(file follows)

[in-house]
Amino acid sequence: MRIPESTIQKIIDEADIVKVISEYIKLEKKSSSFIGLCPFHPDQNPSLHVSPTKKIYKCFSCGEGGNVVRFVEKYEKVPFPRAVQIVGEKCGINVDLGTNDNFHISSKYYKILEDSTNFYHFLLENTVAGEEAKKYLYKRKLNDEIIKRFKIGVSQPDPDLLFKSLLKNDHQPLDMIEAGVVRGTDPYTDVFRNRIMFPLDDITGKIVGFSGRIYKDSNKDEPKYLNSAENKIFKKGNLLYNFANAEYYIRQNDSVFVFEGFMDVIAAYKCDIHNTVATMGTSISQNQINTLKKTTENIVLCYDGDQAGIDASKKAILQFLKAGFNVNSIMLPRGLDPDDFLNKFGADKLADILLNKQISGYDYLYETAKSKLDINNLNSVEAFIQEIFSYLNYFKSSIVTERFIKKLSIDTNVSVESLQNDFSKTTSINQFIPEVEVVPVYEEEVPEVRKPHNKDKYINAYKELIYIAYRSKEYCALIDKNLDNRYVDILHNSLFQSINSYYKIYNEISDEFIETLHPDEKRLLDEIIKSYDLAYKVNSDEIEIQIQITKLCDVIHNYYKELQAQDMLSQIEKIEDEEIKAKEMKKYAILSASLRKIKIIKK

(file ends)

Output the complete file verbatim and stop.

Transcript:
[in-house]
Amino acid sequence: MRIPESTIQKIIDEADIVKVISEYIKLEKKSSSFIGLCPFHPDQNPSLHVSPTKKIYKCFSCGEGGNVVRFVEKYEKVPFPRAVQIVGEKCGINVDLGTNDNFHISSKYYKILEDSTNFYHFLLENTVAGEEAKKYLYKRKLNDEIIKRFKIGVSQPDPDLLFKSLLKNDHQPLDMIEAGVVRGTDPYTDVFRNRIMFPLDDITGKIVGFSGRIYKDSNKDEPKYLNSAENKIFKKGNLLYNFANAEYYIRQNDSVFVFEGFMDVIAAYKCDIHNTVATMGTSISQNQINTLKKTTENIVLCYDGDQAGIDASKKAILQFLKAGFNVNSIMLPRGLDPDDFLNKFGADKLADILLNKQISGYDYLYETAKSKLDINNLNSVEAFIQEIFSYLNYFKSSIVTERFIKKLSIDTNVSVESLQNDFSKTTSINQFIPEVEVVPVYEEEVPEVRKPHNKDKYINAYKELIYIAYRSKEYCALIDKNLDNRYVDILHNSLFQSINSYYKIYNEISDEFIETLHPDEKRLLDEIIKSYDLAYKVNSDEIEIQIQITKLCDVIHNYYKELQAQDMLSQIEKIEDEEIKAKEMKKYAILSASLRKIKIIKK